Textured-hair professional and celeb stylist Stacey Ciceron is enthusiastic about addressing skilled hairstylists’ trepidation surrounding coily hair — one of many greatest driving forces behind Black hair being deserted by the mainstream. “There’s a lot of stigma around working with highly textured hair,” she says. “Stylists are afraid that they can’t get the result they’re looking for. They’re afraid that it may take too much time. They’re afraid they may just disappoint clients.”
It’s these points that led Ciceron to carve out a novel house within the hair trade by growing on-line and in-person textured-hair programs for skilled hairstylists — an initiative that has since earned the New York-based professional the title of name ambassador and coach for big-name hair-care manufacturers reminiscent of Oribe.
Ciceron’s programs concentrate on constructing a powerful basic-level basis for working with curly hair: realizing the completely different hair sorts, detangling, moist styling, slicing. “My biggest goal is to do whatever it takes to build up stylists’ confidence so that they can start taking clients with highly textured hair,” she says. And amid the latest racial unrest, demand for her on-line courses amongst non-Black hairstylists has boomed. “It’s been overwhelming,” says Ciceron. “The Black Lives Matter movement has opened a lot of eyes.”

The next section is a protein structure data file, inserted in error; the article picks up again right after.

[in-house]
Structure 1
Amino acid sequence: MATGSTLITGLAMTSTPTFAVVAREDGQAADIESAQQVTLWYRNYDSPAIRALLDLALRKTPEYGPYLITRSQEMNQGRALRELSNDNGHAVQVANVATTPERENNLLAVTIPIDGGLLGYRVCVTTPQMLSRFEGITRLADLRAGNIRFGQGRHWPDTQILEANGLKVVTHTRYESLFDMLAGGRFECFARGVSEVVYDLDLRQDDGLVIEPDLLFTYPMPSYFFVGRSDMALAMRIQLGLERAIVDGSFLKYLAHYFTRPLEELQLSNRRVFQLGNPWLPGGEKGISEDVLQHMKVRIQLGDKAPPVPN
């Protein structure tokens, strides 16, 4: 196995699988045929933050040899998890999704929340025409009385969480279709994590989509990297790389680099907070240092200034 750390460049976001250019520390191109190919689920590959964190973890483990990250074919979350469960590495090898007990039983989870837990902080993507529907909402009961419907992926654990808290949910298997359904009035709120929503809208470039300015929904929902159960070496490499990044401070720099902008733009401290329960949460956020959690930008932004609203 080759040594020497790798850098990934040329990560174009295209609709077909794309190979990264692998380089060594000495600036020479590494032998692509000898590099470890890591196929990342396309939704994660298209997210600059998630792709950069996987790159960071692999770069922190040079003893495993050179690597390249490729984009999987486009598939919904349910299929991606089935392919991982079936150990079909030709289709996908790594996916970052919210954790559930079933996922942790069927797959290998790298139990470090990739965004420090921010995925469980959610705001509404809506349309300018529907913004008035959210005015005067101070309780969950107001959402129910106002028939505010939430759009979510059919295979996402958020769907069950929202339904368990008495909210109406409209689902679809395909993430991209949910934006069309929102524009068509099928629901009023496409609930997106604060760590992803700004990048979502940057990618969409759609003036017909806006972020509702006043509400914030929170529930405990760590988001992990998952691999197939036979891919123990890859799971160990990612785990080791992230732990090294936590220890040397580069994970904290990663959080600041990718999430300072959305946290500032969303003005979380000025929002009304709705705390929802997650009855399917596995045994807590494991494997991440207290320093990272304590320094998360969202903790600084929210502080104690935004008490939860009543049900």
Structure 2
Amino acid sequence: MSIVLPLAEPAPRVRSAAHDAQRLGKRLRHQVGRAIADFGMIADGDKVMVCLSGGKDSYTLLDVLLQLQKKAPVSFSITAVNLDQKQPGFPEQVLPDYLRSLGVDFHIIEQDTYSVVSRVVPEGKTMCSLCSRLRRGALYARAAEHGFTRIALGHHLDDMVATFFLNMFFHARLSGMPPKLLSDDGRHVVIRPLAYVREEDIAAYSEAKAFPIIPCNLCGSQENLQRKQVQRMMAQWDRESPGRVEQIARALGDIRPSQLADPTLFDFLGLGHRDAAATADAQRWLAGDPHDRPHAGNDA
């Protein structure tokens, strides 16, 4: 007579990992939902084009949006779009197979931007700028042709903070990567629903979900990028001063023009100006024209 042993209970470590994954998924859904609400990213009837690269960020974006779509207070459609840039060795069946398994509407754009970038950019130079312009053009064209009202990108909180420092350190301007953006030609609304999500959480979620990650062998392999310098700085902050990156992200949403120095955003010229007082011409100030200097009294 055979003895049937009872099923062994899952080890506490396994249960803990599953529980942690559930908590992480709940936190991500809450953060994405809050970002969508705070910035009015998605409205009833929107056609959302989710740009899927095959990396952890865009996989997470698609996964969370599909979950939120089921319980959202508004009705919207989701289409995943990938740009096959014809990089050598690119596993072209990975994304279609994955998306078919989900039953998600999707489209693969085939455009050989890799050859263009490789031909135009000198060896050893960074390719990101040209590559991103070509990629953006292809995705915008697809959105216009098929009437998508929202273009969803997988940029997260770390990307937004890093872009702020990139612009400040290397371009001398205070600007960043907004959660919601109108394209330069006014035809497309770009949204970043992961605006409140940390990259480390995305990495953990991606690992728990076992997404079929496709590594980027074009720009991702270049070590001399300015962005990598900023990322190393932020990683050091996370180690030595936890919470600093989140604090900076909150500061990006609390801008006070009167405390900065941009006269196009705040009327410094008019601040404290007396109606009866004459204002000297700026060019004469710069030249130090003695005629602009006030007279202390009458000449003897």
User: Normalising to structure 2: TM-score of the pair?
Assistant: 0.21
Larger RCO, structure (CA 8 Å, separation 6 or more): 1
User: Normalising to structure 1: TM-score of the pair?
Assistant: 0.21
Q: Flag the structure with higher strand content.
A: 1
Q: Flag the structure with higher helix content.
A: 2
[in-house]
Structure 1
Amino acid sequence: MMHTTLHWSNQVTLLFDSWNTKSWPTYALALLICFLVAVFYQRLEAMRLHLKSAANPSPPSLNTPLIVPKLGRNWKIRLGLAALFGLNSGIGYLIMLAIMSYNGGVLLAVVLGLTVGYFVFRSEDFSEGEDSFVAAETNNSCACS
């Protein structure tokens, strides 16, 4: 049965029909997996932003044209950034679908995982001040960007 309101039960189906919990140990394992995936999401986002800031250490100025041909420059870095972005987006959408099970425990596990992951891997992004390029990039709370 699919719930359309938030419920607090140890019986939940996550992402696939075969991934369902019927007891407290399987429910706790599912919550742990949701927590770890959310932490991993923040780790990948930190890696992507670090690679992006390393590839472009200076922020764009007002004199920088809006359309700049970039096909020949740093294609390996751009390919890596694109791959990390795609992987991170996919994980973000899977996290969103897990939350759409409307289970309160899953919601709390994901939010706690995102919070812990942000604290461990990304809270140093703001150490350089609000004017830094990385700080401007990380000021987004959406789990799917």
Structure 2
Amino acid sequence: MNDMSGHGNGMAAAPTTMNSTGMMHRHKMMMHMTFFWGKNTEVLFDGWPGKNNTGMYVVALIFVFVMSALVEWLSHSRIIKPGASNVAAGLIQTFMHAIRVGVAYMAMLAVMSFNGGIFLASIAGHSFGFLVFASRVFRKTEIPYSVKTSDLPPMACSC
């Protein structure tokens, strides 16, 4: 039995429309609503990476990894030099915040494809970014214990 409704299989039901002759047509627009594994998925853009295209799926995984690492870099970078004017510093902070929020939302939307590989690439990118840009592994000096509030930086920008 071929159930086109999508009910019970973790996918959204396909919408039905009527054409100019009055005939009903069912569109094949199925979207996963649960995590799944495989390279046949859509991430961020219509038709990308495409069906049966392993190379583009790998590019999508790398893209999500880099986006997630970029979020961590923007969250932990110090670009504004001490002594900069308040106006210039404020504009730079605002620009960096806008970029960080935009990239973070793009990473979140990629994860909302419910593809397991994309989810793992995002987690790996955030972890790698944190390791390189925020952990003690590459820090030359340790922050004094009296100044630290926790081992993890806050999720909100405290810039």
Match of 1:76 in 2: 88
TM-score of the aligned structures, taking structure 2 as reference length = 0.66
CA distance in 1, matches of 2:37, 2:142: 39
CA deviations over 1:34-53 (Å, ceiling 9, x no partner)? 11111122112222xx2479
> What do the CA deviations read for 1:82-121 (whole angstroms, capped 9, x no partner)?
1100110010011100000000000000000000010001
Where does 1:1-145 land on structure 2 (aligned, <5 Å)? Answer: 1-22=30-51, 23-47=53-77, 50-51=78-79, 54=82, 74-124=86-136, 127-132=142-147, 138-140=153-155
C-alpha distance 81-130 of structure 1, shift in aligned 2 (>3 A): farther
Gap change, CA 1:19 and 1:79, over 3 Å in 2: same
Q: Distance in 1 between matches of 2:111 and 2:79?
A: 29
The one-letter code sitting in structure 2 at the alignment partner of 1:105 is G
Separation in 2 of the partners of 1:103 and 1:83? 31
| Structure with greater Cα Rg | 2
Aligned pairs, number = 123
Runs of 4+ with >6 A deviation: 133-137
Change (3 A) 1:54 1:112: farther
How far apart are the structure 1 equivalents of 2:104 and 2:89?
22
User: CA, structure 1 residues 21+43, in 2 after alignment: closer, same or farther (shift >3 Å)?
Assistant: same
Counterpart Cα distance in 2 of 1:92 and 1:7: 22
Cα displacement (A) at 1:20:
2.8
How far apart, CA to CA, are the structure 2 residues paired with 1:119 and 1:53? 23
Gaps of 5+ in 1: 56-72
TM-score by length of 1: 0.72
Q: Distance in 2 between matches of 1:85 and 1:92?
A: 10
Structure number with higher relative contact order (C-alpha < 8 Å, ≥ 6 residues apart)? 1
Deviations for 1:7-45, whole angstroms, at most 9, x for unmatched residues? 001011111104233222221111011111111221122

Montreal-based stylist and salon proprietor Nancy Falaise says it finest: “Ignorance is racism.” The Canadian professional has additionally taken issues into her personal palms surrounding the deep-rooted erasure of Black and textured hair in magnificence training: She affords workshops for hairdressers based mostly out of her eponymous salon, which focuses on curls.
Through her native workshops and educating internationally, Falaise is on a mission to problem and proper the infuriating problem of ill-trained hairdressers — a lot in order that she is petitioning to mandate curly-hair training in Quebec magnificence faculties. “I saw that there was a woman in Toronto who started a petition, and I was like, ‘This is a sign that I have to do the same thing for Quebec,’” she says.
With trade consultants working laborious to push the hairstyling trade ahead whereas additionally demanding for a whole overhaul on the faculty stage, it’s starting to really feel just like the trickle impact is slowly however certainly taking form. Case in level: Vancouver-based magnificence faculty Blanche Macdonald Centre lately expanded its hair curriculum by introducing a textured-hair module. “It’s mandatory,” says Crystal Morgan, a textured-hair and extensions and wigs teacher on the faculty. “We really go into depth: the proper ways to cut, the right products to recommend to clients, natural hairstyling. We even get into dreadlocks.”
Oh, how I await the day once I can lastly cease asking salons in the event that they’re expert at managing my hair texture. Here’s hoping that day comes quickly.